A look at some of the published studies about media portrayals of mental illness reveals a very bleak picture. Stuart (2006) described the dominant media portrayals of mental illness and what the usual consequences are. Both the news media and entertainment provide distorted and overwhelmingly dramatic images of mental illness and those who suffer from mental illness. These images emphasize unpredictability, criminality and dangerousness.

The author notes that most people model negative reactions to mental illness and the mentally ill, and the reactions include ridicule, derision, fear and rejection. The researcher further notes that such negative and biased portrayals in the media and consequent negative reactions from people impair mentally ill people’s help-seeking behavior, medication adherence, self-esteem and overall recovery. The study further noted that most mental health advocates blame the media for stigmatizing and discriminating mentally ill people.

O’Connor’s help-seeking behavior was ridiculed, two years later

When Miley Cyrus retweeted 2-year old help-seeking tweets of Sinead O’Connor, stigmatization of the mentally ill reached an unprecedented level. In her tweets, Sinead O’Connor had asked her followers if they could direct her to a good psychiatrist near her, as she feared she was at risk of harm. Help-seeking behaviors such as these save lives and to ridicule such behavior is nothing but pushing a person into not seeking treatment. Sinead O‘Connor has noted several times that it is murder to do so.

(When I spoke about my plans to write this post, she made it clear that I must mention it is murder to ridicule and shame mentally ill people. I agree with her and I feel it is even worse when the rest of the people and media just ignore the hurt and harm caused to the mentally ill, as a result of that shaming and ridiculing. )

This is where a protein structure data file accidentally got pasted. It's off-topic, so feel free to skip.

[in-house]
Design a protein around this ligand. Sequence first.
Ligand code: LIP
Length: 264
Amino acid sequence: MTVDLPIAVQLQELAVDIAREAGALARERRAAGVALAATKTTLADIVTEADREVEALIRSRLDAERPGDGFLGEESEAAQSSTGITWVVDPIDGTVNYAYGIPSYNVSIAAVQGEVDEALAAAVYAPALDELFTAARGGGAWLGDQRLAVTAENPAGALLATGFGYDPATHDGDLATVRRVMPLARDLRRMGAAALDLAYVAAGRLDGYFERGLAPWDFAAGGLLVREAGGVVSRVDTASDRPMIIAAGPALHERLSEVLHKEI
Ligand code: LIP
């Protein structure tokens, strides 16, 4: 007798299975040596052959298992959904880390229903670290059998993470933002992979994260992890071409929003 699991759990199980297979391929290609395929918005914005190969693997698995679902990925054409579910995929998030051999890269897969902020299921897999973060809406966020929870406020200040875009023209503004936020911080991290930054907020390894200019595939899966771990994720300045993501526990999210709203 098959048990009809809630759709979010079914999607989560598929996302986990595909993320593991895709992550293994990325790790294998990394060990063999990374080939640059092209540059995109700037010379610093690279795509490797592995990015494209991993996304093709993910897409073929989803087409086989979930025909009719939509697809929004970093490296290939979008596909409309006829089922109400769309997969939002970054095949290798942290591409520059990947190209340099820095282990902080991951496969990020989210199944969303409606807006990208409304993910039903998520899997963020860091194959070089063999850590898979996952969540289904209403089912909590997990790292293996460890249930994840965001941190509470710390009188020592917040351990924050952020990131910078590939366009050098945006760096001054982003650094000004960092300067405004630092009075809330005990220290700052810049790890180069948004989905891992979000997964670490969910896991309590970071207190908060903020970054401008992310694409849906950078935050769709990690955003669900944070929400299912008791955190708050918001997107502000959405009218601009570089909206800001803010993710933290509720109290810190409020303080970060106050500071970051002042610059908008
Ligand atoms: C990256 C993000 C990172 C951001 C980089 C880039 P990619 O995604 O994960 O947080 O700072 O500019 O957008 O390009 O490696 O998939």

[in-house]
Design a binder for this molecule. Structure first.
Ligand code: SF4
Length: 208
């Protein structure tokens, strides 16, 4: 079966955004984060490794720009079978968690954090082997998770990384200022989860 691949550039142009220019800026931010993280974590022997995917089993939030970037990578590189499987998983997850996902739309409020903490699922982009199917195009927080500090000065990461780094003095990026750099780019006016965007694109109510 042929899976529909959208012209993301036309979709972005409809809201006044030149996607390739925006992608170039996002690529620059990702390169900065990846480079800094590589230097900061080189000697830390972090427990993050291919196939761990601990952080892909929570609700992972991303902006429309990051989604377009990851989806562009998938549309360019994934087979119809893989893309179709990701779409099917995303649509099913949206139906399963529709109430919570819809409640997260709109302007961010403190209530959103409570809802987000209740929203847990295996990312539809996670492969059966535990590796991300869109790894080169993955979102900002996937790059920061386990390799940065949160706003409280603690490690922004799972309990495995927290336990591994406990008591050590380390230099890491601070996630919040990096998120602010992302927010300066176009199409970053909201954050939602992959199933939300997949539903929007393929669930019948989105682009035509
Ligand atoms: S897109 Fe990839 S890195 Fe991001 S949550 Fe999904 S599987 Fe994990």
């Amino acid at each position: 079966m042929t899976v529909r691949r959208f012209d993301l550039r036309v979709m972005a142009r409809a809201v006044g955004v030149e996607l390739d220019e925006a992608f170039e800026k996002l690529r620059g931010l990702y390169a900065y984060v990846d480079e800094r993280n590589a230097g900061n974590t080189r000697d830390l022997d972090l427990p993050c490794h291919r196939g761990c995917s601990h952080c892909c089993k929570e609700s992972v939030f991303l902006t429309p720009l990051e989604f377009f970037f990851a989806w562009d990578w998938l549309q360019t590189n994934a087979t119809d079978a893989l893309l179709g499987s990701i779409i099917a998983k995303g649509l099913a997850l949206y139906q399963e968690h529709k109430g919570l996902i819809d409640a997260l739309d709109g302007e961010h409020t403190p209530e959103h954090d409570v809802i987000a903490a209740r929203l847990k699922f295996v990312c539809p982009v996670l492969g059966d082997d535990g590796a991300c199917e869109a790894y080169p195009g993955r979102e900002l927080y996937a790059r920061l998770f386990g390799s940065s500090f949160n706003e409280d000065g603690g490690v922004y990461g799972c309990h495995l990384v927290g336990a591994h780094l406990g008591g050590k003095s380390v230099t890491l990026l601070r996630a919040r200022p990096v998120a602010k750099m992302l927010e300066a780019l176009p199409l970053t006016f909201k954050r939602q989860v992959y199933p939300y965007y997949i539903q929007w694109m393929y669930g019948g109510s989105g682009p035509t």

Disappointing portrayals of the mentally ill pervades television and newspaper

An Australian study (Henson, Chapman, McLeod, Johnson & Hickie, 2010) found that portrayal of youngsters with mental illnesses in Australian television news is mixed. 10 of the items studied (29%) were positive, 13 items were neutral (37%) and nine items were negative (26%), when it came to media portrayal of young people with mental illnesses. Though adults fared slightly better, the study suggested there was still room for improvements. Yet another study analyzed the content of 83 newspapers articles published between February 1992 to January 1993 and it found that the mentally ill were viewed as being unpredictable and violent, stereotypes that hold good even in 2013 (Williams and Taylor, 1995).

A British study (Dickens, 2008) found that portrayals of mental illness in English media can be grossly negative and stigmatizing. The study recommends nurses to be aware of the different ways the media frames mental illness and challenge inaccuracies each time they occur. Similarly Harris (2004) notes that despite organizations campaigning to reduce stigma against the mentally ill, there is still a long way to go.